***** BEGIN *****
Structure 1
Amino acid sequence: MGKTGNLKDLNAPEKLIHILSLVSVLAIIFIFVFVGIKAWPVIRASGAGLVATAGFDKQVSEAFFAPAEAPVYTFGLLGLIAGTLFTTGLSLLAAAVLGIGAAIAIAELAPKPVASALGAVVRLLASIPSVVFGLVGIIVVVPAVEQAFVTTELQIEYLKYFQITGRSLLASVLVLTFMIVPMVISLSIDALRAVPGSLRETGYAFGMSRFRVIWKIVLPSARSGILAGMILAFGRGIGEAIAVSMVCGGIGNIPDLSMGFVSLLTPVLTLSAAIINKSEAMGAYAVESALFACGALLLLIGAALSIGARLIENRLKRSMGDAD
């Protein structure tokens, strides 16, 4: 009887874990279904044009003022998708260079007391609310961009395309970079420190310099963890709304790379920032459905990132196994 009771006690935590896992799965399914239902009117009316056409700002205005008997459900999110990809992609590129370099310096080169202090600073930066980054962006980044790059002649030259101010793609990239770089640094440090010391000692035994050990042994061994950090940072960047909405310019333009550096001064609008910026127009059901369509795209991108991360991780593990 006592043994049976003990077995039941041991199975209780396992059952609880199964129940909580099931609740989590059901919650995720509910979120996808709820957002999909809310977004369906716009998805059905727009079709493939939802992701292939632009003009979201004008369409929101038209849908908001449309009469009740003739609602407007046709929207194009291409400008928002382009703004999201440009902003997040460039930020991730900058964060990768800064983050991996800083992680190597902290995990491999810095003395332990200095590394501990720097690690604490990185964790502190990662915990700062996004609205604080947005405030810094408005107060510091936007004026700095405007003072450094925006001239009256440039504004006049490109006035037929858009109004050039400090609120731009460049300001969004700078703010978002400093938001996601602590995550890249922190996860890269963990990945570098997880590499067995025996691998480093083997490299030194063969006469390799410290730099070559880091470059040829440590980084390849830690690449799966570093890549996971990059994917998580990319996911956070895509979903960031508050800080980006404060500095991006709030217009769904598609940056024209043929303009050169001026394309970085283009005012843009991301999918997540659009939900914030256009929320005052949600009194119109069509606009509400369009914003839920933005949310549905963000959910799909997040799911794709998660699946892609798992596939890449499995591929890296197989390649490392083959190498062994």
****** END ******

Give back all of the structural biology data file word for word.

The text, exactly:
Structure 1
Amino acid sequence: MGKTGNLKDLNAPEKLIHILSLVSVLAIIFIFVFVGIKAWPVIRASGAGLVATAGFDKQVSEAFFAPAEAPVYTFGLLGLIAGTLFTTGLSLLAAAVLGIGAAIAIAELAPKPVASALGAVVRLLASIPSVVFGLVGIIVVVPAVEQAFVTTELQIEYLKYFQITGRSLLASVLVLTFMIVPMVISLSIDALRAVPGSLRETGYAFGMSRFRVIWKIVLPSARSGILAGMILAFGRGIGEAIAVSMVCGGIGNIPDLSMGFVSLLTPVLTLSAAIINKSEAMGAYAVESALFACGALLLLIGAALSIGARLIENRLKRSMGDAD
């Protein structure tokens, strides 16, 4: 009887874990279904044009003022998708260079007391609310961009395309970079420190310099963890709304790379920032459905990132196994 009771006690935590896992799965399914239902009117009316056409700002205005008997459900999110990809992609590129370099310096080169202090600073930066980054962006980044790059002649030259101010793609990239770089640094440090010391000692035994050990042994061994950090940072960047909405310019333009550096001064609008910026127009059901369509795209991108991360991780593990 006592043994049976003990077995039941041991199975209780396992059952609880199964129940909580099931609740989590059901919650995720509910979120996808709820957002999909809310977004369906716009998805059905727009079709493939939802992701292939632009003009979201004008369409929101038209849908908001449309009469009740003739609602407007046709929207194009291409400008928002382009703004999201440009902003997040460039930020991730900058964060990768800064983050991996800083992680190597902290995990491999810095003395332990200095590394501990720097690690604490990185964790502190990662915990700062996004609205604080947005405030810094408005107060510091936007004026700095405007003072450094925006001239009256440039504004006049490109006035037929858009109004050039400090609120731009460049300001969004700078703010978002400093938001996601602590995550890249922190996860890269963990990945570098997880590499067995025996691998480093083997490299030194063969006469390799410290730099070559880091470059040829440590980084390849830690690449799966570093890549996971990059994917998580990319996911956070895509979903960031508050800080980006404060500095991006709030217009769904598609940056024209043929303009050169001026394309970085283009005012843009991301999918997540659009939900914030256009929320005052949600009194119109069509606009509400369009914003839920933005949310549905963000959910799909997040799911794709998660699946892609798992596939890449499995591929890296197989390649490392083959190498062994």